As illustrated in FIG. 1, the elements of the present invention include a strongback 10 around which the components of a wind tunnel model (WTM) are assembled. The strongback 10 may be connected to a balance 12 that measures forces applied to the WTM. Balances 12 are typically made of steel and outfitted with strain-gages or other instrumentation that measure forces and moments. At least one RP jacket section 14 is placed over the strongback 10 with a near-zero tolerance fit and defines at least part of the exterior aerodynamic surface of the WTM. Secondary aerodynamic components 16 such as a nose 26, fins 42, canards 44, inlets 46, wings, engines, etc., may be attached to the RP jacket section 14 or, for added strength, attached directly to the strongback 10. Where necessary, slots 18 (FIGS. 5, 6A and 6B) are built into the RP jacket sections 14 to allow the secondary aerodynamic components 16, e.g., the mounting pad of a canard, to be placed firmly against the exterior surface of the strongback 10.
In the embodiment of the present invention shown in FIG. 1, the balance 12 is located inside of the strongback 10. During wind tunnel testing, the balance 12 would be supported by a sting inserted through an opening 40 in the rear (downwind) end of the model. However many variations of this design are possible. For example, the balance 12 could be only partially inside the strongback 10, or the balance 12 could be attached to the rear end of a solid strongback 10.
The modular features of the present invention further allow testing of various design configurations. Various secondary aerodynamic components 16, and even various RP jacket sections 14, may be quickly substituted during testing of a single primary model design.
All RP materials used in a model according to the present invention, including RP jacket sections 14 and secondary aerodynamic components 16, may be built using any available RP technologies. These include fused deposition modeling, stereolithography, selective laser sintering, direct shell production casting, investment casting, solid ground curing, and other RP technologies.
The reinforcement of the WTM provided by the strongback 10 enables the generation of wind tunnel test data having test-to-test repeatability comparable to all-metal WTM's. The strongback 10 provides increased stiffness to the final model and is therefore generally constructed from a high-strength material. Steel or aluminum are preferred materials because they are easy to machine; however, other materials including various other metal alloys and wood are also excellent candidate materials for the strongback 10. In some embodiments of the present invention the strongback 10 may be reusable so as to further decrease cost and timing requirements for new wind tunnel model designs.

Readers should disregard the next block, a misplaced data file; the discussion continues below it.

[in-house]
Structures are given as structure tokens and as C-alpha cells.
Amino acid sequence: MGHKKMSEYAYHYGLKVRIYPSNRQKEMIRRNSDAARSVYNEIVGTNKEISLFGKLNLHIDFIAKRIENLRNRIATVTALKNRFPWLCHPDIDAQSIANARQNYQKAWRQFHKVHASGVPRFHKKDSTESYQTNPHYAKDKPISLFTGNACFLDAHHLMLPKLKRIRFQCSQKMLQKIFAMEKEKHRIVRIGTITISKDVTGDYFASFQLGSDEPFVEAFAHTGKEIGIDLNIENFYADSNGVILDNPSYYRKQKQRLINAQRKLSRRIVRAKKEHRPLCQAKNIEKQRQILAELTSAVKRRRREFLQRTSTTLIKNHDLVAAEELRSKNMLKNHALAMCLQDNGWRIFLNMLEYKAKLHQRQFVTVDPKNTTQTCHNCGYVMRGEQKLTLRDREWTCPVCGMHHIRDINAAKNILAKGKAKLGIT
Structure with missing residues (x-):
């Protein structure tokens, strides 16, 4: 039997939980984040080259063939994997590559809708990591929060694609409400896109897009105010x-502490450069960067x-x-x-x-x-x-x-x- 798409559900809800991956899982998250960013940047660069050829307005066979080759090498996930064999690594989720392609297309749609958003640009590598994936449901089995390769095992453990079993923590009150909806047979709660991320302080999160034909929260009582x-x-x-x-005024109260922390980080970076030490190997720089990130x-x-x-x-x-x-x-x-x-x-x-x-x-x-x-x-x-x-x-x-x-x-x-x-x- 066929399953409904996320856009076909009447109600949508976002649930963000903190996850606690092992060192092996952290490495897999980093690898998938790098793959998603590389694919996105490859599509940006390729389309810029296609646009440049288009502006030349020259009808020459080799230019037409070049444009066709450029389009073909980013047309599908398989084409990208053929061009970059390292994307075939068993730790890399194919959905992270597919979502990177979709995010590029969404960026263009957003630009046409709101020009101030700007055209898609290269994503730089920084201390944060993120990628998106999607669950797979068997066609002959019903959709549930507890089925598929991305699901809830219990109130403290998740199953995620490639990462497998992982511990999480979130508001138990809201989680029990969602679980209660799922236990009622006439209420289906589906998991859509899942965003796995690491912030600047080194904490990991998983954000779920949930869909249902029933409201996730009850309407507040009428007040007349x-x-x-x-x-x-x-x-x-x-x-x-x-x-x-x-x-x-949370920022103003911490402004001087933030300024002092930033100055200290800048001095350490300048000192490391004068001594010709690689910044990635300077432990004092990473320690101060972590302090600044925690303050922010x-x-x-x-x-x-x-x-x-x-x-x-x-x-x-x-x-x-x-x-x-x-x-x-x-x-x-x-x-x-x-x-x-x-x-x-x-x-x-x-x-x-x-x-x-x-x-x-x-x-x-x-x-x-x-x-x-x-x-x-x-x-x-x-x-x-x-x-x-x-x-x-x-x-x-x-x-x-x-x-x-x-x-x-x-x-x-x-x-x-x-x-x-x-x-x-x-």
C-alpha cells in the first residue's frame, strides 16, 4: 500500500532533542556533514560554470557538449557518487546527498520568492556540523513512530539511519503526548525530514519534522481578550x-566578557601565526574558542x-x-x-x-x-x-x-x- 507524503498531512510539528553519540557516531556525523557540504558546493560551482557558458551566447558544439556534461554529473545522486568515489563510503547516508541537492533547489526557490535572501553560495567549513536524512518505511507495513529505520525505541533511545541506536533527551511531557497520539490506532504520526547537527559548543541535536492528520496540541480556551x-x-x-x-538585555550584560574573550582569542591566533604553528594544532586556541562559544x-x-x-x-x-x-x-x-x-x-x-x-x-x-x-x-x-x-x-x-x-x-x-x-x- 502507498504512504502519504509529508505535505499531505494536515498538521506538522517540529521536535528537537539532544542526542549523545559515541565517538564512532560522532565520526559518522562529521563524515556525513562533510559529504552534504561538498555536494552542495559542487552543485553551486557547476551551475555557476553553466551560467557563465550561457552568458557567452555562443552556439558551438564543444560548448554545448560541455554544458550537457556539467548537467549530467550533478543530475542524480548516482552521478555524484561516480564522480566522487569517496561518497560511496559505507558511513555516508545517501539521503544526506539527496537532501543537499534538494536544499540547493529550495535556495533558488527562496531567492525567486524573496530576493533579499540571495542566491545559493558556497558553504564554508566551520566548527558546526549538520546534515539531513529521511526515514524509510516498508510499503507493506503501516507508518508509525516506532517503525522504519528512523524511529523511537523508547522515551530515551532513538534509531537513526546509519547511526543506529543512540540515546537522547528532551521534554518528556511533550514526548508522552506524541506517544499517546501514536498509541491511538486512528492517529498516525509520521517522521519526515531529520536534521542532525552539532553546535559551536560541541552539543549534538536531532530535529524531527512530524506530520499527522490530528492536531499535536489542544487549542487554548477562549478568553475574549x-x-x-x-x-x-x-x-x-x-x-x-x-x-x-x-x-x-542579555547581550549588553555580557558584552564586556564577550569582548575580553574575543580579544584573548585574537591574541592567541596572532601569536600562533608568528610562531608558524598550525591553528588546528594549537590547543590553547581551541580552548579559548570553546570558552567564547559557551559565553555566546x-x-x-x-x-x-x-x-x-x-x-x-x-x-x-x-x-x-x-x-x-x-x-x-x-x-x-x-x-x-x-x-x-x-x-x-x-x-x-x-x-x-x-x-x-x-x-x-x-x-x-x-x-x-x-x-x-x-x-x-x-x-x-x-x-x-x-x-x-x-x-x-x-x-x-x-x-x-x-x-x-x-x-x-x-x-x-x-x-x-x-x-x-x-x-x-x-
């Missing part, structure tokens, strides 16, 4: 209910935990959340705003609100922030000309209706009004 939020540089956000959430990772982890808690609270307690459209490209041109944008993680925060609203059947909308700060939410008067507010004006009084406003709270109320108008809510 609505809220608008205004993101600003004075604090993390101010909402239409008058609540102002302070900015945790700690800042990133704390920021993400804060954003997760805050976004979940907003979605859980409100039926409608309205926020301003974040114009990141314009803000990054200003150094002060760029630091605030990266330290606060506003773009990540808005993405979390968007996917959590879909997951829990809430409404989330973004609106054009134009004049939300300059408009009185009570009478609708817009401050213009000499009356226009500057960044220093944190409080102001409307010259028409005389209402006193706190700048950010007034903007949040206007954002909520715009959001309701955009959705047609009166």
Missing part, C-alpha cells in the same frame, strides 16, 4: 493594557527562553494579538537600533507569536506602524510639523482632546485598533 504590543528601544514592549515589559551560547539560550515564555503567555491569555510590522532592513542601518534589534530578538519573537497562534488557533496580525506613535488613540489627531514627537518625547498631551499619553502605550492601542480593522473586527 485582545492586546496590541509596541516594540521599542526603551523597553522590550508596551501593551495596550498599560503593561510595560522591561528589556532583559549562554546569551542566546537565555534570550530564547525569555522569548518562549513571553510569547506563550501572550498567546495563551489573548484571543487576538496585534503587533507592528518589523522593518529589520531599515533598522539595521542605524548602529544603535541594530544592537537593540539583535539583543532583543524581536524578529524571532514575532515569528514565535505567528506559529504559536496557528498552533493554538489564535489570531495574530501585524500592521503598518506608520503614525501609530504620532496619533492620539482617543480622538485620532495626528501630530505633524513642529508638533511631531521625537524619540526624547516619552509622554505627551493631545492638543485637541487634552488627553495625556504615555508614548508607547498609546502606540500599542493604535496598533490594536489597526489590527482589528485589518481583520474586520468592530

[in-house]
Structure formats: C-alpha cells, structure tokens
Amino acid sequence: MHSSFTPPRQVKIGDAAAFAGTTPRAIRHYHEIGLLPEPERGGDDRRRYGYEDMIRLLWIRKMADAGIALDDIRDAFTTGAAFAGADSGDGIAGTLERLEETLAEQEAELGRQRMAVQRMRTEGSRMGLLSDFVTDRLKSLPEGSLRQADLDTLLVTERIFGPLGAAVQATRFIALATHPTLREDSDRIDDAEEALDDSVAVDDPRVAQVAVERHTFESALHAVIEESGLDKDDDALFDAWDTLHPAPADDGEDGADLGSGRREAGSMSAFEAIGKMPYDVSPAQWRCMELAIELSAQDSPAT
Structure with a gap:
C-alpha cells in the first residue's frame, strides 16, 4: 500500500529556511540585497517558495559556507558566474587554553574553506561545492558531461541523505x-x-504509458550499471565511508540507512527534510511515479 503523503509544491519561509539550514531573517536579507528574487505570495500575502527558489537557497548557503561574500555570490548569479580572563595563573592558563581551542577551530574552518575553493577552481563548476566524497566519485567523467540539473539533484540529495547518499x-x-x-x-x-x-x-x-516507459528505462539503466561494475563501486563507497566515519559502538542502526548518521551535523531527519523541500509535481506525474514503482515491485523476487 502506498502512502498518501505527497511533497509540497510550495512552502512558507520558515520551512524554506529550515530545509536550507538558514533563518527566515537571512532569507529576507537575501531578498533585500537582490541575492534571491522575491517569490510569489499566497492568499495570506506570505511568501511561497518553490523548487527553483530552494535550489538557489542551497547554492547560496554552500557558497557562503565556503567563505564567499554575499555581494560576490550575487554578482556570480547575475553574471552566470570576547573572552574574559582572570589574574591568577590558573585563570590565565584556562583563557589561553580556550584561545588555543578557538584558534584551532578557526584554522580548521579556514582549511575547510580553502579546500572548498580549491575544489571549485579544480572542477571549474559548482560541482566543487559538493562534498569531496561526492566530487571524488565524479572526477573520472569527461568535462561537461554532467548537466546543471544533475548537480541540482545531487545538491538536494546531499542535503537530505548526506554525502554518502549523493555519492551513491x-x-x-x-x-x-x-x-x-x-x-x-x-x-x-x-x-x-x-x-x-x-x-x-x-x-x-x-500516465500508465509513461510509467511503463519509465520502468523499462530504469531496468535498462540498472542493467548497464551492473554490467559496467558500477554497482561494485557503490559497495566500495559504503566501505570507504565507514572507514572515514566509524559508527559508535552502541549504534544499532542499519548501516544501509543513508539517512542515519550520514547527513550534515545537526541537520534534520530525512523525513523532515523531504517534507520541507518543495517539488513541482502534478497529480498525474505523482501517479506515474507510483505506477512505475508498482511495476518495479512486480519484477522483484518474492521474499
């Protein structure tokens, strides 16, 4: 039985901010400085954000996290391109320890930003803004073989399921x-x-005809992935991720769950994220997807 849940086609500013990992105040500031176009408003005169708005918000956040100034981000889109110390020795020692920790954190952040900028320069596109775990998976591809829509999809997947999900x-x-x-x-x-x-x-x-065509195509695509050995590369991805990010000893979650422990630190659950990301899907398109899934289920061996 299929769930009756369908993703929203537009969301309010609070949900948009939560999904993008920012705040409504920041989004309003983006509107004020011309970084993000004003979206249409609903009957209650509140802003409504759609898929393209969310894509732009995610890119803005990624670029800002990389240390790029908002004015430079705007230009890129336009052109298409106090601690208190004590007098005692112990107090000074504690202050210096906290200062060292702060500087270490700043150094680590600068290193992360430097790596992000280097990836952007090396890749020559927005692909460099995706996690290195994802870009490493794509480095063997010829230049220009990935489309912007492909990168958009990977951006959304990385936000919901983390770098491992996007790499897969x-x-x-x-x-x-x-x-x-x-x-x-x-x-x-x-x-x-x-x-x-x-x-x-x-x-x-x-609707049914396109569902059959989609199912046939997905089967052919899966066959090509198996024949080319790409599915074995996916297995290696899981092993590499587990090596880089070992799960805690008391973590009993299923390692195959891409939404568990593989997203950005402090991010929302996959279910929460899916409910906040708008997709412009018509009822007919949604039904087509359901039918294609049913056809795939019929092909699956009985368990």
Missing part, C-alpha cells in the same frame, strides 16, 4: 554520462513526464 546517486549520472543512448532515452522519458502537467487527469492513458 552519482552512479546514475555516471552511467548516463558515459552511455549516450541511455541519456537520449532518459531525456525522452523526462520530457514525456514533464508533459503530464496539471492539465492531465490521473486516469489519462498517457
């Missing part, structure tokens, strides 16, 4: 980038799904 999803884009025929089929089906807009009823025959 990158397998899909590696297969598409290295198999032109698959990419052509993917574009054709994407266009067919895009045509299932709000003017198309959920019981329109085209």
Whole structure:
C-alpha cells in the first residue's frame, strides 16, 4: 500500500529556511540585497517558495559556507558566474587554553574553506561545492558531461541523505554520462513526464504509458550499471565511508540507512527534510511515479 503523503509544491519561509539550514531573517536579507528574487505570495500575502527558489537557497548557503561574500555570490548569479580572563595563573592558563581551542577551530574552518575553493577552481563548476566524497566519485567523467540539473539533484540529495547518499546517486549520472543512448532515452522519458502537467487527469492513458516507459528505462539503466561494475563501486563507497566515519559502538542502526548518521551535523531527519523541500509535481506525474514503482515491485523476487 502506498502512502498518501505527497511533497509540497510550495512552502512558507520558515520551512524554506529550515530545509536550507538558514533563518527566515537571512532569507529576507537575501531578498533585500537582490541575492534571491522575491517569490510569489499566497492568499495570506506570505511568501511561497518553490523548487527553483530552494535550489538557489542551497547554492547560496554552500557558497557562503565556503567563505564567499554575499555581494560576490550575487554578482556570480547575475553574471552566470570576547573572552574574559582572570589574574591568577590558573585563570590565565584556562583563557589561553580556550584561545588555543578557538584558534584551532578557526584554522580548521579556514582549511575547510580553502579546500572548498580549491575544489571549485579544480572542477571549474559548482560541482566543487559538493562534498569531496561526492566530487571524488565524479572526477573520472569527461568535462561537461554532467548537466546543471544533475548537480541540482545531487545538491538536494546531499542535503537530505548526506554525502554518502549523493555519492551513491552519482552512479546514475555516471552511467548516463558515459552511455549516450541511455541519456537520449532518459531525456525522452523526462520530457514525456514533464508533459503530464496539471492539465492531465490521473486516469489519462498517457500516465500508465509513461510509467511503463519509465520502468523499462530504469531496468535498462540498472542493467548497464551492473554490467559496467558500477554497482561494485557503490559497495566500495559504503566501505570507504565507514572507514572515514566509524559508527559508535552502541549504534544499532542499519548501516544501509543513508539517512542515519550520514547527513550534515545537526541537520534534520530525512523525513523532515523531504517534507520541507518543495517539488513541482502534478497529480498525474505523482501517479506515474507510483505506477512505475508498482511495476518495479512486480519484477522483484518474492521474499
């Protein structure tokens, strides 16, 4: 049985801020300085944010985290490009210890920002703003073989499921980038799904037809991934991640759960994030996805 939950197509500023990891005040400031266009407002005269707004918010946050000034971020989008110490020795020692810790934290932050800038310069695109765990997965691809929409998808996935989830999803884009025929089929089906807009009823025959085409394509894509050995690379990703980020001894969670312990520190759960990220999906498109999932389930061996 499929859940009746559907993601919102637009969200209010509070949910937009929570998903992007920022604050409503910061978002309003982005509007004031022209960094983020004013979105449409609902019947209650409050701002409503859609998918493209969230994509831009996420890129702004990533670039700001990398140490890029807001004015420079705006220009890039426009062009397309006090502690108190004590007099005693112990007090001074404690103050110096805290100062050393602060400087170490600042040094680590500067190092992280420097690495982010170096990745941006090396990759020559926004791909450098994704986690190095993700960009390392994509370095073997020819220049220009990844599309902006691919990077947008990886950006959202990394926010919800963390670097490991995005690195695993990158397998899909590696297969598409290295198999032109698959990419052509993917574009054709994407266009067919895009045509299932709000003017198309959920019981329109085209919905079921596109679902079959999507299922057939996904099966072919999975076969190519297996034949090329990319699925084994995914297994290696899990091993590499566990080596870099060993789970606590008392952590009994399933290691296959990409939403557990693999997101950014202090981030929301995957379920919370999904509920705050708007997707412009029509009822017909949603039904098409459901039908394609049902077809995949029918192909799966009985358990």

Larger scale models may also be manufactured using the techniques of the present invention because there is no need for an entire wind tunnel model to fit inside of an RP fabrication machine, such as an FDM® or SLA® machine. The RP jacket section(s) 14 and components of the WTM may be fabricated separately and then assembled or attached directly to the strongback 10.
The following non-limiting example provides a detailed description of one embodiment of a wind tunnel model design of a rocket in accordance with the present invention.EXAMPLE
FIGS. 1-6 illustrate various views of a 15% scale rocket design according to the present invention. The rocket model was manufactured using FDM®-ABS plastic jacket sections 14 attached to a cylindrical steel strongback 10. The strongback 10 provides strength and rigidity to the plastic model and also allows larger scale models to be built. The strongback 10, fabricated from 304 stainless steel, is a 17.625-inch long cylinder with a 2.25-inch outer diameter and a 1.874-inch inner diameter. The surface of the cylinder has a surface finish of 32.
A balance adapter 20 was fabricated by the Lockheed Martin Missile and Fire Control-Dallas HSWT, which also performed the final honing of the strongback 10 inside diameter to achieve a zero tolerance fit between the balance adapter 20 and the strongback 10. The inner surface of the strongback 10 was only machined from one end to accommodate the balance adapter 20. The remainder of the strongback 10 is unfinished. Threaded screw holes 22 for attachment of canards 44, fins 42, and a faired inlet 46 were located in the strongback 10 to meet model design requirements.
The inside forward end of the strongback 10 was machined to a 2.125 inch diameter and threaded to accommodate a spindle 24 for attachment of the model nose 26. The spindle 24 is also fabricated of 304 stainless steel and has a 2.125-inch diameter threaded base for mating to the strongback 10 and a 0.5-inch diameter threaded spindle 24 for attachment of the ABS plastic nose 26.